Education Systems are Ecosystems
Maria Langworthy is quick to point out that the Innovative Teaching and Learning (ITL)Research she’s managing globally is still very much a work-in-progress. But she does know that in order to design learning that will better prepare youth for life and work in the 21st century, teachers need to directly experience for themselves that which they are being asked to “teach” – deep collaboration, knowledge-building, creativity, critical reflection, problem solving and innovation – all supported by technology. The question, according to Langworthy, is how can we provide teachers with more of these rich opportunities?
Why is education important to you?
“Education” per se is not that important to me – I did not have that much fun in most of my formal education. Learning, following lines of inquiry and discovery, creating ideas and new understandings… those are important. I have a Ph.D. and am called a professional researcher, but I am just a grown-up who continues to be a learner.
What is the best opportunity for innovation in education?
I don’t really think there is one “best” thing: education systems are ecosystems. Changes in one element of the system require changes at other layers to renew the whole in a new formation.
What advice would you give a new teacher (or to anyone wanting to make a difference in education)?
I don’t think, by and large, that teachers are the problem. Most teachers care about their students, period. To make a difference in education, in most cases, is more a matter of changes in education policies (assessment, curriculum, and the way education is structured) and of changes in parental engagement (primarily helping them to understand what more innovative teaching and learning could mean for their children).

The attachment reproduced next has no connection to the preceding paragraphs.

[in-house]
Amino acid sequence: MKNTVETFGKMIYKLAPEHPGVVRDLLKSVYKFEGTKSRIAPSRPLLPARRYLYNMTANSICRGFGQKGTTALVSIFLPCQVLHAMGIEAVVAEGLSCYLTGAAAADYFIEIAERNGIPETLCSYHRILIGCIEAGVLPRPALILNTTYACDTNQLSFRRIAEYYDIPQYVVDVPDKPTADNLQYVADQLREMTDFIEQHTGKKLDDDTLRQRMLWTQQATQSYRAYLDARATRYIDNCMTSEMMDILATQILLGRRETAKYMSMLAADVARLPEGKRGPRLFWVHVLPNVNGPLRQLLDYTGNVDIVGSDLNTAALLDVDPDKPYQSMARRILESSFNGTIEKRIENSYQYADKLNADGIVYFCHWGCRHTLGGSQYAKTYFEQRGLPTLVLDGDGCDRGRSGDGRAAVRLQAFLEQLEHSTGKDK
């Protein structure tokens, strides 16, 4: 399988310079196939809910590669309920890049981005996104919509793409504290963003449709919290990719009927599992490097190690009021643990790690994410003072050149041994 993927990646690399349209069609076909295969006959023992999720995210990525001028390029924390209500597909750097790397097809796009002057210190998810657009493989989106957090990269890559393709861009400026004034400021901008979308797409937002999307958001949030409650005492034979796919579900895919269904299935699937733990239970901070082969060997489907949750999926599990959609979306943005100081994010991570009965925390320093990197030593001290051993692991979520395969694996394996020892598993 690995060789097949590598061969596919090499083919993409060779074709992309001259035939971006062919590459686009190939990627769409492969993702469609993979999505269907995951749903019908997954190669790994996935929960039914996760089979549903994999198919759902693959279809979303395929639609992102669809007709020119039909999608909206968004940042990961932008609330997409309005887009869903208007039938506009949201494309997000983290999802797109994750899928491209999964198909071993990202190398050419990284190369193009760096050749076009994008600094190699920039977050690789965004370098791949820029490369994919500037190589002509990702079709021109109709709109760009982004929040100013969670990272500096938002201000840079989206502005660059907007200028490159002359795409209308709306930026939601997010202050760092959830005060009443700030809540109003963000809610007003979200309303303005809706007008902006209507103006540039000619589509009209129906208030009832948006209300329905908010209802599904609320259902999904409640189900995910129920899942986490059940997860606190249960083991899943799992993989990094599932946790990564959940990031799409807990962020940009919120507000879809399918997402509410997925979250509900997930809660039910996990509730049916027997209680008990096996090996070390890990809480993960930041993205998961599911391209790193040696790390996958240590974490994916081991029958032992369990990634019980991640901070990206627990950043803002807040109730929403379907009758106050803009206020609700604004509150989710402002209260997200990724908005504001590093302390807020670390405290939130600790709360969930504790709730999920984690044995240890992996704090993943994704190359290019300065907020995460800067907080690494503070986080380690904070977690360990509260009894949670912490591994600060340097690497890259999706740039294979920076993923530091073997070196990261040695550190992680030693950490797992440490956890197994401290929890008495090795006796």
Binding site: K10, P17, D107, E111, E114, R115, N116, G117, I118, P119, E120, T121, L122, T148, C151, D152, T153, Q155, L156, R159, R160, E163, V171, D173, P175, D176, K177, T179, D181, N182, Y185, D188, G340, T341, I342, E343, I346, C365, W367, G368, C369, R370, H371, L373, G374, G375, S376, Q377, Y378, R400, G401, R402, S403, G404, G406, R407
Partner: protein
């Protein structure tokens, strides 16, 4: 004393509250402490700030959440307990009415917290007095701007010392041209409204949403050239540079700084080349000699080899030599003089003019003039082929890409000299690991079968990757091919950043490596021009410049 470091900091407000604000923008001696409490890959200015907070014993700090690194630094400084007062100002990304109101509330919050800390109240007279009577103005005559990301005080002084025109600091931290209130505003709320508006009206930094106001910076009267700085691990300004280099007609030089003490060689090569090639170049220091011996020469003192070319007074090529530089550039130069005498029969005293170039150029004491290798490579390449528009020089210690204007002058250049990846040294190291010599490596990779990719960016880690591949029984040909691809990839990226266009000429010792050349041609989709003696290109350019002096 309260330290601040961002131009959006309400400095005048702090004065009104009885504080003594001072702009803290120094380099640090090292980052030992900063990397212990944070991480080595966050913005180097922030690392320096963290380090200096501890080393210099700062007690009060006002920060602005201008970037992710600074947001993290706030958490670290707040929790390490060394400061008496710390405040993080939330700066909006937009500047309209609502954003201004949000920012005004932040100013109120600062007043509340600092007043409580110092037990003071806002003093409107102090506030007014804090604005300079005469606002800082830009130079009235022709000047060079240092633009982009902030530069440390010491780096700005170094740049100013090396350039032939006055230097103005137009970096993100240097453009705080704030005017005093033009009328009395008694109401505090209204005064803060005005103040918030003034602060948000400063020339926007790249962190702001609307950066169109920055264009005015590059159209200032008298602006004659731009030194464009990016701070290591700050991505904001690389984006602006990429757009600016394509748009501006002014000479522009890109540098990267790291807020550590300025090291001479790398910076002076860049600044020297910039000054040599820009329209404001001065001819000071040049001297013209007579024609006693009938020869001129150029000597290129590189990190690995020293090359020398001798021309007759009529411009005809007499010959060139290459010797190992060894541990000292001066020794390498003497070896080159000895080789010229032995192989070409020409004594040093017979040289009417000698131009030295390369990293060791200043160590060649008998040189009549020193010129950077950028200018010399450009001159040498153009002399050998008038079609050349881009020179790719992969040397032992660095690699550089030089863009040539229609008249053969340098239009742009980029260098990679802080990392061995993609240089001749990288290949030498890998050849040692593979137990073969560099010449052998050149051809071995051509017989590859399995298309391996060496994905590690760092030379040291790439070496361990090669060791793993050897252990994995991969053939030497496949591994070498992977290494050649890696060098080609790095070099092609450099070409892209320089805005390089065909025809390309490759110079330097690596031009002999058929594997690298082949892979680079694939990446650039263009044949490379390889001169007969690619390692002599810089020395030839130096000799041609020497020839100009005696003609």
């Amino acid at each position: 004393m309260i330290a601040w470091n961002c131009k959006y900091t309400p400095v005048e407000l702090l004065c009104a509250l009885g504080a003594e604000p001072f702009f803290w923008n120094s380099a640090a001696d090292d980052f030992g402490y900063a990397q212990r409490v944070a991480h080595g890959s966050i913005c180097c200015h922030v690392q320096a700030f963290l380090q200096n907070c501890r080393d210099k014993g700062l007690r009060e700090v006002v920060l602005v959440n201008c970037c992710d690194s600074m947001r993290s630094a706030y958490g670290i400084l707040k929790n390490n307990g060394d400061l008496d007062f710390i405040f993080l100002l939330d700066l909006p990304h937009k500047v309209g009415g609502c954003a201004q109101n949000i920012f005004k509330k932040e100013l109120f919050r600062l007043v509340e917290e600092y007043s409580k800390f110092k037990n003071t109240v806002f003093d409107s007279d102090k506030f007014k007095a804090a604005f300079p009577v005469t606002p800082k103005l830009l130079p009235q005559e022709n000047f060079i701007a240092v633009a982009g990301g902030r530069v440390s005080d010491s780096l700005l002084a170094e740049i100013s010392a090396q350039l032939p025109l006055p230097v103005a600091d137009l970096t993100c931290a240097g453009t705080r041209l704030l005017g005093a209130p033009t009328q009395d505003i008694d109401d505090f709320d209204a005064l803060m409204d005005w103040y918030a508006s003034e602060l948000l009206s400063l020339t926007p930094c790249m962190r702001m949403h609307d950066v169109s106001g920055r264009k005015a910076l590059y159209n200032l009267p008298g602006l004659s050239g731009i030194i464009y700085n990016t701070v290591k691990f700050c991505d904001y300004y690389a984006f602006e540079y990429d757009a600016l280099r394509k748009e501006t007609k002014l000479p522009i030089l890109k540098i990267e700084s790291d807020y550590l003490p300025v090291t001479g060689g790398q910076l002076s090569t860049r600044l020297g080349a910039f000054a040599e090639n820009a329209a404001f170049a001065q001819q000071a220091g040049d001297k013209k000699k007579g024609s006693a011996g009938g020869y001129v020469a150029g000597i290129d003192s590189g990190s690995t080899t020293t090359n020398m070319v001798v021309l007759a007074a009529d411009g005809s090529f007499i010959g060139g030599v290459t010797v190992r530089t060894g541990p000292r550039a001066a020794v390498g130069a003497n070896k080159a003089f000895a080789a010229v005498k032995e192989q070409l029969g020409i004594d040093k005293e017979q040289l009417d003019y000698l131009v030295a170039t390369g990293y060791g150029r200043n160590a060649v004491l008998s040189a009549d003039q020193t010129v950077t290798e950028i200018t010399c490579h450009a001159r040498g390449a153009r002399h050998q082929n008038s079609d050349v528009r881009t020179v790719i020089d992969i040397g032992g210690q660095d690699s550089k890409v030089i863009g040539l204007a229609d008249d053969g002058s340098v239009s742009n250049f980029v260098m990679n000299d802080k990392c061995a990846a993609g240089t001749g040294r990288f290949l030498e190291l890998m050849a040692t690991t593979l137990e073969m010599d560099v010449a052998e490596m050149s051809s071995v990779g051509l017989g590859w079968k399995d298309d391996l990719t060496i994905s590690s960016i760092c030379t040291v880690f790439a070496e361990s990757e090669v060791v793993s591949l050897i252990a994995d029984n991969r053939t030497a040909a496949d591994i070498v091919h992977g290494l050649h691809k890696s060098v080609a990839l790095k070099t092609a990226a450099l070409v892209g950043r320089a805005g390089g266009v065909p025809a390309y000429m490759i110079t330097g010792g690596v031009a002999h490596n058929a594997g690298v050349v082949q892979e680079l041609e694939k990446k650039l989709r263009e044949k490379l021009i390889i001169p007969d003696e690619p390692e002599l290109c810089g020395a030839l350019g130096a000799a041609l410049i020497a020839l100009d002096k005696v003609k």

What is your greatest hope for the future of education?
The dream of more exciting, immersive learning experiences for all students is already becoming much clearer in its conception. My hope is that this dream will become a reality much sooner than social inertia and human history would predict.
How can we support teachers in experiencing for themselves the tools and 21st century skills they’re expected to pass along to their students?
About Maria Langworthy
Maria Langworthy is the founder and principal of Langworthy Research. She is a social scientist who has worked for over 15 years studying the intersection of public and private spheres, and how historic changes in social and work patterns are shifting the locus of social responsibility. Maria is currently managing the global ITL research sponsored by Microsoft’s Partners in Learning. Before launching her company in 2009, Maria managed international communications, marketing and policy research at Microsoft, where she led a team responsible for research in over 40 countries.
Current residence: Medina, Washington, USA
Education: MA, International Relations, Ph.D. Sociology, Boston University
Website I check every day: NYtimes.com
Person who inspires me most: People who have an attitude of gratitude, no matter what the circumstances.
Favorite childhood memory: It’s not a memory, it’s a time of day. I’ve always loved the dusk, or as we call it, “the golden hour” just as the sun goes down. I always remember the smell of fresh cut grass at that time of day, and it’s the time when I’m most likely to simply appreciate being.
Next travel destination (work or pleasure): Hawaii, then Dubai.